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Aug. 20: Technology Review Names Carnegie Mellon Alumnus Johnny Lee One of the World's Top Innovators Under Age 35

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Byron Spice                            
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Technology Review Names Carnegie Mellon Alumnus Johnny Lee
One of the World's Top Innovators Under Age 35

Johnny LeePITTSBURGH—Johnny Lee, whose creative uses of the Nintendo Wii remote have made his instructional videos a YouTube sensation, has been recognized by Technology Review magazine as one of the world's top 35 innovators under the age of 35.
    
Lee, 28, received his Ph.D. from the Human-Computer Interaction Institute of Carnegie Mellon University's School of Computer Science this spring and is now working as a researcher in Microsoft's Applied Sciences Group. A panel of expert judges and the editorial staff of Technology Review selected him for the magazine's prestigious TR35 honors from more than 300 nominees.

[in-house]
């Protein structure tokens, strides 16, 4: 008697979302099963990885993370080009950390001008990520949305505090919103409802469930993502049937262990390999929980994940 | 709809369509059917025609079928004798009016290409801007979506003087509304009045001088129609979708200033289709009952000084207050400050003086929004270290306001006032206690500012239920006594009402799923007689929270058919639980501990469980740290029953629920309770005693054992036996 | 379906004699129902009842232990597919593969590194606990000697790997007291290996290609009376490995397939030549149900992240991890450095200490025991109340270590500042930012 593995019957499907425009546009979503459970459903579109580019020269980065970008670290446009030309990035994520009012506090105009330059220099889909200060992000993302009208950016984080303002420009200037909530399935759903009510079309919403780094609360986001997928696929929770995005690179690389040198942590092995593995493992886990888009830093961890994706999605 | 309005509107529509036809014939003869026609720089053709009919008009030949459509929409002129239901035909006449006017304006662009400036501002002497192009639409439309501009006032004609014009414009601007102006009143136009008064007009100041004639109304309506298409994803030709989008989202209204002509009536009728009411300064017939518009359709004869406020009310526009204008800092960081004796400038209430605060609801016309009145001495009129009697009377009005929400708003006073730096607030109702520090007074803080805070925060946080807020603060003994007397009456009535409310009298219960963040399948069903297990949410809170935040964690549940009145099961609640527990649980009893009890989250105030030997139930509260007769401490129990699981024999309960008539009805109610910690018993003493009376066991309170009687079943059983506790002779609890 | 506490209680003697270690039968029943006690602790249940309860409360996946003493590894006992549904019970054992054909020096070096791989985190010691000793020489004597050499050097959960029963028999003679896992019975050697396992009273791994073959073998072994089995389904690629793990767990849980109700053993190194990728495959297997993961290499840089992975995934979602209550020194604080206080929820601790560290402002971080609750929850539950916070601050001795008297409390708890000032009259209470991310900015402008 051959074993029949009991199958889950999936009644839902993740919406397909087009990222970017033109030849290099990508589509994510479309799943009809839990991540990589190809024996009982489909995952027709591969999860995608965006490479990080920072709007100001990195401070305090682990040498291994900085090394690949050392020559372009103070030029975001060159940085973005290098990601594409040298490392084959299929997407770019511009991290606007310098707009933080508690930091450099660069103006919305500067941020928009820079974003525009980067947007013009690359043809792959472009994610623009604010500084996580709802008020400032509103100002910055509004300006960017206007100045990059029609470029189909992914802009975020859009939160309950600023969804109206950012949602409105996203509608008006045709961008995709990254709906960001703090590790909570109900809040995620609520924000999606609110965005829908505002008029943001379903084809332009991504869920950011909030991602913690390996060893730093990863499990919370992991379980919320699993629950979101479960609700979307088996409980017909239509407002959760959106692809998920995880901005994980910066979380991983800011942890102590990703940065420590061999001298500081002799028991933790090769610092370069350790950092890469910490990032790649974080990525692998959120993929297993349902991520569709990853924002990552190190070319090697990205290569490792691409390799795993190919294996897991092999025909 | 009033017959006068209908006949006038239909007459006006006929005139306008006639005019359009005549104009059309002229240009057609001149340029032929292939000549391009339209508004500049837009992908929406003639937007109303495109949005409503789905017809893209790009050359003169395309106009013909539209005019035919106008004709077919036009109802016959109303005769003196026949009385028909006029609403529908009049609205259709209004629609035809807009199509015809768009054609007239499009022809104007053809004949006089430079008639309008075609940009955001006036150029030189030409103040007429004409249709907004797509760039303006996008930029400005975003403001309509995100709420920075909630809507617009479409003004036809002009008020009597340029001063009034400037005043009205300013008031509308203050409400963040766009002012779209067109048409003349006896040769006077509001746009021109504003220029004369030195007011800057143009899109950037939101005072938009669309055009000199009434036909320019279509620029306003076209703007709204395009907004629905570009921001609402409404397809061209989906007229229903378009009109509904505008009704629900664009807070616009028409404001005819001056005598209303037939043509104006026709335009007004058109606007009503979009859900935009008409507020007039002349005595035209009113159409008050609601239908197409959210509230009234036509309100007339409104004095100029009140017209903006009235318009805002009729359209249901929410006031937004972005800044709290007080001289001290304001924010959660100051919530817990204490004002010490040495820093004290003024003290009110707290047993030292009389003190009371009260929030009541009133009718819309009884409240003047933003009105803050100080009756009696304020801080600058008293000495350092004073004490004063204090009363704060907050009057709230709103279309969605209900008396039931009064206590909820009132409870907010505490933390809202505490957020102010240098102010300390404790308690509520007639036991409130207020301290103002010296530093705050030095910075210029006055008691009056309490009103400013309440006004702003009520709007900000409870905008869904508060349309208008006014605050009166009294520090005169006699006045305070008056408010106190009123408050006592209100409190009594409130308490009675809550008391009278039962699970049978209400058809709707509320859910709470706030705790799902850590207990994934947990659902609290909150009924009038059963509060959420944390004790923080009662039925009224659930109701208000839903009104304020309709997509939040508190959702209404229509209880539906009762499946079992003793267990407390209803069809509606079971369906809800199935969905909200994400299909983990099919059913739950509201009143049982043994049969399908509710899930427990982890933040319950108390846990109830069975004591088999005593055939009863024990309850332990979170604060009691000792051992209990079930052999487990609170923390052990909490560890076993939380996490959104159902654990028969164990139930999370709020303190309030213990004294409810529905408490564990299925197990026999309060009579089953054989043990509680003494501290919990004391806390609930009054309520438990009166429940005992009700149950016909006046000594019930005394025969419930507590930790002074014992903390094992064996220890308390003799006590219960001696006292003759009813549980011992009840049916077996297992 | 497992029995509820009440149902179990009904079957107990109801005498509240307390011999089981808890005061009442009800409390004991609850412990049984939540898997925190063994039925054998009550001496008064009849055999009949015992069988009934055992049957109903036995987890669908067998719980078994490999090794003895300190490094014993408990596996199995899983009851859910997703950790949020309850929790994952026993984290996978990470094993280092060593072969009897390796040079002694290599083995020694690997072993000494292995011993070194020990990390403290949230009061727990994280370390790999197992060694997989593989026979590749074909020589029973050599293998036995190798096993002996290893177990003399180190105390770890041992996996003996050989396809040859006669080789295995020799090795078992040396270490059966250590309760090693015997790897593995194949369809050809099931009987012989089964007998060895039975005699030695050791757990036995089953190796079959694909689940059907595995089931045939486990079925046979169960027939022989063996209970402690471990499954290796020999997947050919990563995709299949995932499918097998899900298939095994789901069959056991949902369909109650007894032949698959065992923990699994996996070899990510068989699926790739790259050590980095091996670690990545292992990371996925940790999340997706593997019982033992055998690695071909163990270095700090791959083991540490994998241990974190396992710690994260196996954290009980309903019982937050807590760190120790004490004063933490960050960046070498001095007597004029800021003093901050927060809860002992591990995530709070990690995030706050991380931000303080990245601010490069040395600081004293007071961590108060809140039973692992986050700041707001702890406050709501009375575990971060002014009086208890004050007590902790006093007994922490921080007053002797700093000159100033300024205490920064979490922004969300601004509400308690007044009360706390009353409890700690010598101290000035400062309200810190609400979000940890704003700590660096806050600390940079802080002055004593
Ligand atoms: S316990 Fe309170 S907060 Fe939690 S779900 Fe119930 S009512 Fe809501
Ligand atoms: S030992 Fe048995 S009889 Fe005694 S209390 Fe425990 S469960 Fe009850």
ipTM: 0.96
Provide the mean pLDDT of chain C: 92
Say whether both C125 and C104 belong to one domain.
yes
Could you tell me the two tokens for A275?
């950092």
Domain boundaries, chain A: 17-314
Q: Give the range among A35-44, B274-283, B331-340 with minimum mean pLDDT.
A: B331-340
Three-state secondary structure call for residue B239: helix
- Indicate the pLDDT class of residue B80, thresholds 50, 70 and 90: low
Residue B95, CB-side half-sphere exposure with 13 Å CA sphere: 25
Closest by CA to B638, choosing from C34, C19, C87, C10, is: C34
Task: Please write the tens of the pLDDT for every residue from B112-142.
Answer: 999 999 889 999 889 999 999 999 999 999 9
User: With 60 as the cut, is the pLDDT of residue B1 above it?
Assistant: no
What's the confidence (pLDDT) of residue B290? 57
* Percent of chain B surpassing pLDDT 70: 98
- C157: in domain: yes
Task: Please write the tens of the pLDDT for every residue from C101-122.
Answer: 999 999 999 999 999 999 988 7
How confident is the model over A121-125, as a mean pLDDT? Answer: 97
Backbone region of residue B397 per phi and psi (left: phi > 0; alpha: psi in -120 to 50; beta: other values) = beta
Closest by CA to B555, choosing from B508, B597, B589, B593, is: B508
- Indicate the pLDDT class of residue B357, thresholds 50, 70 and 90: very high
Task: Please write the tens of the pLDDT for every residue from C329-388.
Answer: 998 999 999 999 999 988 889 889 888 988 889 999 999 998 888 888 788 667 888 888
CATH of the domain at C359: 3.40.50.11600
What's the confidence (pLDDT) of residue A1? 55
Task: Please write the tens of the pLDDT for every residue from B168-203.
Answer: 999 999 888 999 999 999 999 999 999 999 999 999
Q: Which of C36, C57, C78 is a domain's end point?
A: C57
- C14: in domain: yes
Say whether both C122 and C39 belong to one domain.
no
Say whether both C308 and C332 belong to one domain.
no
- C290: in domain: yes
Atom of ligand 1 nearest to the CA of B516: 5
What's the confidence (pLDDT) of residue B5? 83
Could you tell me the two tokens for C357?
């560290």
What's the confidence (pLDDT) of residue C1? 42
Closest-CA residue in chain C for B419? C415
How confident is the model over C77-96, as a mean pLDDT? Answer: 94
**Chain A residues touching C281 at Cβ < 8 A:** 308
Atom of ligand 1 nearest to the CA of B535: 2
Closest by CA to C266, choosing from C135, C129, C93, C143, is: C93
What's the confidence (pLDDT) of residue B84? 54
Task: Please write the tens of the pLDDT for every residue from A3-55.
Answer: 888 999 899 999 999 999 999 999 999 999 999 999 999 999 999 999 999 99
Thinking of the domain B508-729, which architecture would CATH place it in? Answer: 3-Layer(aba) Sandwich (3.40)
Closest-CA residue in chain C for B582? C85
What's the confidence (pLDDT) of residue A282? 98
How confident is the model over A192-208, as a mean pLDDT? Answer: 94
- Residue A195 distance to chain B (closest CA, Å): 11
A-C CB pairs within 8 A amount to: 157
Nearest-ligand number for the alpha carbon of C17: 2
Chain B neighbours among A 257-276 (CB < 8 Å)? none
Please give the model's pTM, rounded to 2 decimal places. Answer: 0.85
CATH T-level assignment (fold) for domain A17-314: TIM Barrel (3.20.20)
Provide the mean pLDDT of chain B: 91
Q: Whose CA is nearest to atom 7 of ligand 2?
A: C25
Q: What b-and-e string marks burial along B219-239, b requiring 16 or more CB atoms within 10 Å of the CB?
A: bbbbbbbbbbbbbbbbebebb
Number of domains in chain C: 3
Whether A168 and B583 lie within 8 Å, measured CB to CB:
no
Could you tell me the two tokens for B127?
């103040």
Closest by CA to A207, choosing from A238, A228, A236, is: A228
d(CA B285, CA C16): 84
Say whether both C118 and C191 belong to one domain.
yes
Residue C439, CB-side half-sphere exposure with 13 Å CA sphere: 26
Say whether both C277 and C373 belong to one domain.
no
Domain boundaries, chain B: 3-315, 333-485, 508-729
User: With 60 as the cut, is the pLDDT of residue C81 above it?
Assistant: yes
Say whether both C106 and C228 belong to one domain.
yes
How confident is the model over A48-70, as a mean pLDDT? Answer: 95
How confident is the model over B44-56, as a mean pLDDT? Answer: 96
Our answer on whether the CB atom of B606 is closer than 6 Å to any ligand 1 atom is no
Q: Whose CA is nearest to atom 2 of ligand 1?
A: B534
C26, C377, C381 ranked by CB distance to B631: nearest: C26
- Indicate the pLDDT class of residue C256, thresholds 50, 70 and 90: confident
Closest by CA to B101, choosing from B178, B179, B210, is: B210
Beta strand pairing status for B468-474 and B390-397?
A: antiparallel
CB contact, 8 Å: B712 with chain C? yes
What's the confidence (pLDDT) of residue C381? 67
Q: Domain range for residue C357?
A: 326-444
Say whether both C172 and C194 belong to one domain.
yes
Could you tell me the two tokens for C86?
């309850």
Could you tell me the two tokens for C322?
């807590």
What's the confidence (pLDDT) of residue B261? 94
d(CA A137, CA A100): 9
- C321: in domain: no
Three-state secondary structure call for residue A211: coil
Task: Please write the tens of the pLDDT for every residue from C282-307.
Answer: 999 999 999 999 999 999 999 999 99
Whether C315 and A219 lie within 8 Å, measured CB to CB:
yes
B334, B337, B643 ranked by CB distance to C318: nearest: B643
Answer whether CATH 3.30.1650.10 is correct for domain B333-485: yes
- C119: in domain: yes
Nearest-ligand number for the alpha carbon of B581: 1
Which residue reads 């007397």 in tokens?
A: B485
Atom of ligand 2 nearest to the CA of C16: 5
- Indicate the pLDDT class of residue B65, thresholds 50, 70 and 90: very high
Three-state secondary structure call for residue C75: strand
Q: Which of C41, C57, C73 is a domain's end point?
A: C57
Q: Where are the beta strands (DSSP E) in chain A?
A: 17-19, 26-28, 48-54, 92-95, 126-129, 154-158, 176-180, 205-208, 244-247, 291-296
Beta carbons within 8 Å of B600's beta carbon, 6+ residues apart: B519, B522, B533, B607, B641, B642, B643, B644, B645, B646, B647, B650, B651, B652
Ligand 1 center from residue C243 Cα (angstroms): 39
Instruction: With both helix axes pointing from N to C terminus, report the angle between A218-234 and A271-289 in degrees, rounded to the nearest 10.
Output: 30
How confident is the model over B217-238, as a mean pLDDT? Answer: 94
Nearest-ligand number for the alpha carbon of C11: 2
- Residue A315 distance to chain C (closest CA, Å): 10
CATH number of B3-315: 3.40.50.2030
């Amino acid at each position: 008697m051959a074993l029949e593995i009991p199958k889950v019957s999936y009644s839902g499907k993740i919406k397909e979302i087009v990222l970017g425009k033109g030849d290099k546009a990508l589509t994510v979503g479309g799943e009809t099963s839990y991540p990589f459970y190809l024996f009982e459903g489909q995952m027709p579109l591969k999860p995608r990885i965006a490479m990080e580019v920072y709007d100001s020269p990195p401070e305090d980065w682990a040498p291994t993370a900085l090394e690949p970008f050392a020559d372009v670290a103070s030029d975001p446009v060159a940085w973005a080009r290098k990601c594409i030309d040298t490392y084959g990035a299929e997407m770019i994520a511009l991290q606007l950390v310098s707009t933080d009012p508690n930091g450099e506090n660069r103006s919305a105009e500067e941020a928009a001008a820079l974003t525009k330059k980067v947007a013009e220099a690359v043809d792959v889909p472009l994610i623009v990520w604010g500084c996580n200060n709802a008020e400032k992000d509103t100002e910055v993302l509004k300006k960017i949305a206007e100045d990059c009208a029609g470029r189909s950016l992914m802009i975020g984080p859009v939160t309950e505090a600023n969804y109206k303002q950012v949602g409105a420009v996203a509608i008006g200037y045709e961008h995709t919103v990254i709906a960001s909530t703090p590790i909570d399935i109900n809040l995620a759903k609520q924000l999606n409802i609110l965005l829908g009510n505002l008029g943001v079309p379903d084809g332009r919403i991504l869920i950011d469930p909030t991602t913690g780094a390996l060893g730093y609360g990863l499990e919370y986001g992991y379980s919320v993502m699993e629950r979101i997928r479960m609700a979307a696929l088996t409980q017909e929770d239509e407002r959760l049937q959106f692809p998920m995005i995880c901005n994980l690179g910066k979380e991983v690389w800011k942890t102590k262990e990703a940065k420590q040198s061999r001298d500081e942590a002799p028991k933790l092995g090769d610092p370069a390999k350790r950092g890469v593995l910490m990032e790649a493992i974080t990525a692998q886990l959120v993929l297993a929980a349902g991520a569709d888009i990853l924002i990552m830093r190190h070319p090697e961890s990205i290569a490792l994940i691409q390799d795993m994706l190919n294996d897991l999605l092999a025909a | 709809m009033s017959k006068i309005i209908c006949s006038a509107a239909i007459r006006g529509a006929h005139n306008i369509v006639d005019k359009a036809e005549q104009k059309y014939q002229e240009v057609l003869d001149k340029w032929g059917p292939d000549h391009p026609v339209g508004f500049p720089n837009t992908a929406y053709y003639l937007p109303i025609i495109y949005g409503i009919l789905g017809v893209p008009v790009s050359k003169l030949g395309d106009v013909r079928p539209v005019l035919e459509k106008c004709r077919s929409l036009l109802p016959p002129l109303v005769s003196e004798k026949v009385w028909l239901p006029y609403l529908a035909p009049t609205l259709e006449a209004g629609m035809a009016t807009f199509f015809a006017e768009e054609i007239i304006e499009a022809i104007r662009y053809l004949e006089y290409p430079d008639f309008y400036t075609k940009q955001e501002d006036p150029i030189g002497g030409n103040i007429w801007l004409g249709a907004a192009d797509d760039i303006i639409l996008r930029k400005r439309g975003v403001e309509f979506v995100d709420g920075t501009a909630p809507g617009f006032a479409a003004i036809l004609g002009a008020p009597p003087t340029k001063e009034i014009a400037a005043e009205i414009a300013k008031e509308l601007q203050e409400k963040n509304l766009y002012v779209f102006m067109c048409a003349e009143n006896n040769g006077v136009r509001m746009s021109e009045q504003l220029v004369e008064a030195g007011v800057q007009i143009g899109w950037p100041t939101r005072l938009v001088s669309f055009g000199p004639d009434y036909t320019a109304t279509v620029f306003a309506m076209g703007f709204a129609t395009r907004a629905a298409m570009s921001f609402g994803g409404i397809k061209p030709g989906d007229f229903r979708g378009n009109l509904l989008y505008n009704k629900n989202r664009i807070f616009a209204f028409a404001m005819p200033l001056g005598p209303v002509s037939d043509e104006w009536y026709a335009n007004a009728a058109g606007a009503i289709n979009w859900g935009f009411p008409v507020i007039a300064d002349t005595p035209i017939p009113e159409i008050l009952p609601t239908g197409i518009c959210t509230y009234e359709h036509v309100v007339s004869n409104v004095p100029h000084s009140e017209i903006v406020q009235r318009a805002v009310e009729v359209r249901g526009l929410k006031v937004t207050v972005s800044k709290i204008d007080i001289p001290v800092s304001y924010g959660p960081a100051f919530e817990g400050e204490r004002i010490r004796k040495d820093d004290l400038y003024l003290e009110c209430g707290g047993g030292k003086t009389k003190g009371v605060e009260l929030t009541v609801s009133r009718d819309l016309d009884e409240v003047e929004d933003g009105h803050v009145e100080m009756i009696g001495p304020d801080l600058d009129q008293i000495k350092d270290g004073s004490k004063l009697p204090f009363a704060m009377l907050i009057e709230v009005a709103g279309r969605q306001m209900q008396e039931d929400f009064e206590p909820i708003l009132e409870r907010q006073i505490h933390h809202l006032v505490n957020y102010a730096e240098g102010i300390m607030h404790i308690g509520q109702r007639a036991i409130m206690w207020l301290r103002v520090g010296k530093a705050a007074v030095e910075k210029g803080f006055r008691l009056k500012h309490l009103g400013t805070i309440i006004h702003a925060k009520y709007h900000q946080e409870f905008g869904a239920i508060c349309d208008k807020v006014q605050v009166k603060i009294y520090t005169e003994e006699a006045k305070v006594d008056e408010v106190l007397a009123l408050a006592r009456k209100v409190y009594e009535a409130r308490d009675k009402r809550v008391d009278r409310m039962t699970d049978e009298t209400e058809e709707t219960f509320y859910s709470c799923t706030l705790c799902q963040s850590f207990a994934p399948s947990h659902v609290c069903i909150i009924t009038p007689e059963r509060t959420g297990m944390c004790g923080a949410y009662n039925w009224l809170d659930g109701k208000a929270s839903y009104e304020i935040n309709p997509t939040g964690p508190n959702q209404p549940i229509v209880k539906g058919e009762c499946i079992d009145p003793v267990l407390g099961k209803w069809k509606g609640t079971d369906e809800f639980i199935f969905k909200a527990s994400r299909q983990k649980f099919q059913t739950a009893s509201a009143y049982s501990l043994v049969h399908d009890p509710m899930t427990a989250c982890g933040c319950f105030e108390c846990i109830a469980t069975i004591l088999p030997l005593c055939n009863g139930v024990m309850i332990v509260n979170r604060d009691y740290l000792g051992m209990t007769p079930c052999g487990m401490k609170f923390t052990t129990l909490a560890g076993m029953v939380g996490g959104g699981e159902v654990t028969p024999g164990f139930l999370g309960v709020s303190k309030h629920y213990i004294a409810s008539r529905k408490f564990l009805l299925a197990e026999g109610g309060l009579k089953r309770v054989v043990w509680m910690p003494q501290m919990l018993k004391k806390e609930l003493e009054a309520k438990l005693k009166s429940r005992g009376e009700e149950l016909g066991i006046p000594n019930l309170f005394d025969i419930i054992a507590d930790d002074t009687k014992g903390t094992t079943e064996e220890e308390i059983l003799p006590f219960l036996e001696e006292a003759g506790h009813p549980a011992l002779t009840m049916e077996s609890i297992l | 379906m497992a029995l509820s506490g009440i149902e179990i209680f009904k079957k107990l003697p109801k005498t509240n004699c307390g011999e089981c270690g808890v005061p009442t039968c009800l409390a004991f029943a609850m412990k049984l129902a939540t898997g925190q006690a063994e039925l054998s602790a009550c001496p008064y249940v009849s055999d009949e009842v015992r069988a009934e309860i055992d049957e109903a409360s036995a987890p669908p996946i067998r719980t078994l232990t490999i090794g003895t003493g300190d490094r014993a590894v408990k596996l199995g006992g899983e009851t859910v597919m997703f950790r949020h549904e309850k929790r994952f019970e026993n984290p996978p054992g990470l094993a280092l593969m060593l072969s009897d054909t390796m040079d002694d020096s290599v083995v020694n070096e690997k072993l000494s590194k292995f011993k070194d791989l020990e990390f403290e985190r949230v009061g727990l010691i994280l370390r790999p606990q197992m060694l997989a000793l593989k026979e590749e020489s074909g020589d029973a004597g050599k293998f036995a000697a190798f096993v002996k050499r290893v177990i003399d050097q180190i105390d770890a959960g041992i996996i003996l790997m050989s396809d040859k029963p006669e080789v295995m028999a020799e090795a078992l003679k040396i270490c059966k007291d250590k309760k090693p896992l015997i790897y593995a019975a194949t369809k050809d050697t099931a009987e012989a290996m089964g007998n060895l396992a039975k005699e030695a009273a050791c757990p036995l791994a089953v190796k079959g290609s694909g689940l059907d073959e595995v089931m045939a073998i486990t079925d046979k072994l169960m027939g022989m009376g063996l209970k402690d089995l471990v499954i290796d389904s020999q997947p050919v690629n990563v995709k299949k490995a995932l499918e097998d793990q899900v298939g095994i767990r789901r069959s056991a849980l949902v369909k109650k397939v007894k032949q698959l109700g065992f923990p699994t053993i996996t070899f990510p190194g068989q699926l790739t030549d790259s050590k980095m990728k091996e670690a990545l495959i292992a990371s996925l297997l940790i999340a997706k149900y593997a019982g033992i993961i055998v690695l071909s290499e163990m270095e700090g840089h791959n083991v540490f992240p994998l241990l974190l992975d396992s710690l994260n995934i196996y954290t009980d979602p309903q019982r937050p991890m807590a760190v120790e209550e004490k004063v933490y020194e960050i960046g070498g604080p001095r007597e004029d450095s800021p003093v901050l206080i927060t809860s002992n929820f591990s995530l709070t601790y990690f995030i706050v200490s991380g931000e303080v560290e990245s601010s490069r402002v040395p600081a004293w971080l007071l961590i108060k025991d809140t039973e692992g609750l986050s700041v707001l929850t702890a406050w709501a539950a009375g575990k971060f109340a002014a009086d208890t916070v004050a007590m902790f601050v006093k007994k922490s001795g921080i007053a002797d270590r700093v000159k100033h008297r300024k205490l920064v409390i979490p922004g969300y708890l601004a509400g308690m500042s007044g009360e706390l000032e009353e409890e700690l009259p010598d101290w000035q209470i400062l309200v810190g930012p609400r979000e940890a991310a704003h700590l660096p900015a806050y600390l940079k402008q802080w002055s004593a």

While a graduate student at Carnegie Mellon, Lee explored novel approaches that made technology less expensive and more accessible to the public. He developed a digital whiteboard that costs thousands of dollars less than existing commercial solutions, transformed a standard television into an immersive virtual realty (VR) display using a few inexpensive components, implemented a cheap calibration system for advanced projector applications and helped thousands of filmmakers by sharing his design for an inexpensive camera stabilizer.
    
"I have always been in awe of his ability to create a wide spectrum of amazing projects using very few resources," said Luis von Ahn, an assistant professor of computer science at Carnegie Mellon who was named to the TR35 list in 2007. "He is like 'MacGyver' as a full-time inventor. The world would be a better place if there were more people like him."
    
Millions have viewed YouTube videos about Lee's projects, and his "Head Tracking for Desktop VR" was nominated in the best instructional video category of this year's YouTube Awards.
    
"Johnny's creativity is truly amazing," said Dan Siewiorek, director of the Human-Computer Interaction Institute. "He has the uncanny ability to look at problems from new perspectives and create simple, low cost solutions. His Ph.D. thesis was composed of one creative technology after another, many of which could have been the foundation for start-up companies."
    
Lee and the other TR35 winners for 2008 will be featured in the September issue of Technology Review and will be honored at the EmTech08 Conference, Sept. 23–25 in Cambridge, Mass. Additional information about past and present TR35 winners and judges is available at www.technologyreview.com/tr35.
 

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